By Analiese Paik
My earliest memory of eating fresh pasta takes me back to my youth when we’d visit my aunt’s house in Queens, NY and have fresh ravioli from a local Italian shop topped with grandma’s homemade tomato sauce. That was a very long time ago, but I still remember the pillowy cheese ravioli and how much we enjoyed the feast.
When I moved to Manhattan to work, I lived on the Upper West Side and then the West Village, and had fresh pasta from local gourmet shops conveniently available. It was great fun to shop the Union Square Green Market and prepare fresh pasta dishes to share with friends. Perhaps you share a similar memory?
Thanks to a strong Italian immigrant population, fresh pasta shops are ubiquitous in Buenos Aires, Argentina, where I lived and worked just before getting married and moving to CT. The entire nation looked forward to the 29th of each month in particular, because that was gnocci day. Noquis (gnocchi) is Argentine slang for crony government workers who only show up to get paid on or around the 29th of the month I was told. Each 29th of the month, I couldn’t wait to see what variety had been made that day at the local restaurant or pasta shop, hoping it was the red pepper gnocchi that I found particularly delicious and satisfying. I’ll never forget falling asleep at my desk after consuming a large bowl for lunch and hearing an associate murmur “Se le agarró la modorra”, Spanish for the sudden fit of drowsiness that overcame me.
Until now, I haven’t found fresh pasta at retail in Connecticut that I can get excited about. I really miss making dishes where the beauty, flavor, and texture of fresh pasta are central to the dish, just as I was able to do living in cities. I occasionally make fresh pasta and ravioli, but it’s labor intensive and is strictly for special events and holidays.
Fortunately, we now have a top quality source of fresh pasta at SoNo Marketplace in South Norwalk. Pasta Presta is located in the first vendor booth as you enter the building and if you’re lucky, you can see the pasta being made before your eyes.
Glass cases neatly display the pastas of the week . The day I visited for a special press event, casarecce made with Certified Naturally Grown heirloom tomato puree from the Hudson Valley caught my eye along with the squid ink linguini still flowing from the pasta machine. Certified Naturally Grown is a certification program chosen by small-scale organic farmers who sell to local markets and therefore have no need to go through the additional expense of organic certification through the USDA’s National Organic Program.
The founders of Pasta Presta, husband and wife team Meri and Bill Erickson of New Canaan, recognize that fresh, quality ingredients are critical to achieving excellent results. Fresh is one thing, but using local and sustainable ingredients takes it to a completely different level. “Our pastas will be very seasonal. We lived in Paris for four years and are used to seeing strawberries for only three weeks a year.” says Meri.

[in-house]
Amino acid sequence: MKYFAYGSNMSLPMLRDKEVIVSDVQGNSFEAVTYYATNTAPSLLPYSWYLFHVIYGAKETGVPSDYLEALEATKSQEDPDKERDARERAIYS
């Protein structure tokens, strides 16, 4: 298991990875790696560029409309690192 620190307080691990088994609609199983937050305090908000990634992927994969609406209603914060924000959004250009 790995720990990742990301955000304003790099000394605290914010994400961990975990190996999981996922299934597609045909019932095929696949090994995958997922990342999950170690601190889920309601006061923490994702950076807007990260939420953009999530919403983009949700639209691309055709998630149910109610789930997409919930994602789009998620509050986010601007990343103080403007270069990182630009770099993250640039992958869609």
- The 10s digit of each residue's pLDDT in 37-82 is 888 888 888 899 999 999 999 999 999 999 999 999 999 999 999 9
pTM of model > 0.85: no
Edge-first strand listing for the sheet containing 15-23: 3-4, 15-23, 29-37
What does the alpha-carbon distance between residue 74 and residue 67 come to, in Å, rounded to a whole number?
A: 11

More than just a foodie, Meri studied culinary arts while living with the family in Paris and upon returning to the US, attended the International Culinary Center in Manhattan (formerly the French Culinary Institute). And that’s on top of her day job as Outreach Director for the Fairfield Museum & History Center.
Bill is a practicing attorney and entrepreneur, but when you talk to him about pasta, and food in general, you know you’re in good hands. He made it a point to tell me how excited he was about starting their Hubbard Heights CSA (see our guide to organic farm stands and CSAs for more information).
“We are certainly committed to using locally-sourced organic vegetables and other ingredients” says Bill. “Our slogan is also our goal: ‘HandMade and Farm Fresh’. We have only been in business a short time and are always working to find good and reliable sources of these products.” Farmers, that your cue!
Semolina flour is currently coming from Italy, but they are working on sourcing organic flour from King Arthur. In response to market demand, PastaPresta is developing and testing gluten-free versions of its pastas. Their whole wheat pastas contain no eggs and are suitable for vegans.
It’s important not to overcook fresh pasta because it will become limp and gluey or break apart. Pasta should be cooked al dente and the staff at PastaPresta be happy to give you cooking advice as you shop. To make your life easier, they have printed recipe cards for each type of pasta.
Equally important is to go lightly on the sauces as per Bill’s advice. These delicate pastas deserve your best heirloom tomato sauce (raw is perfect), olive oils , and pestos. PastaPresta sells a private label line of vegetable-based pesto sauces made in Maine that are perfect for their products. If you want to make your own sauce, stop by Olivette at the next booth and select an extra virgin olive oil (organic choices available), and pair it with some fresh garlic, herbs and vegetables. When the farmer’s markets are overflowing with basil, or kale for that matter, make your own pesto for a truly fresh and local meal.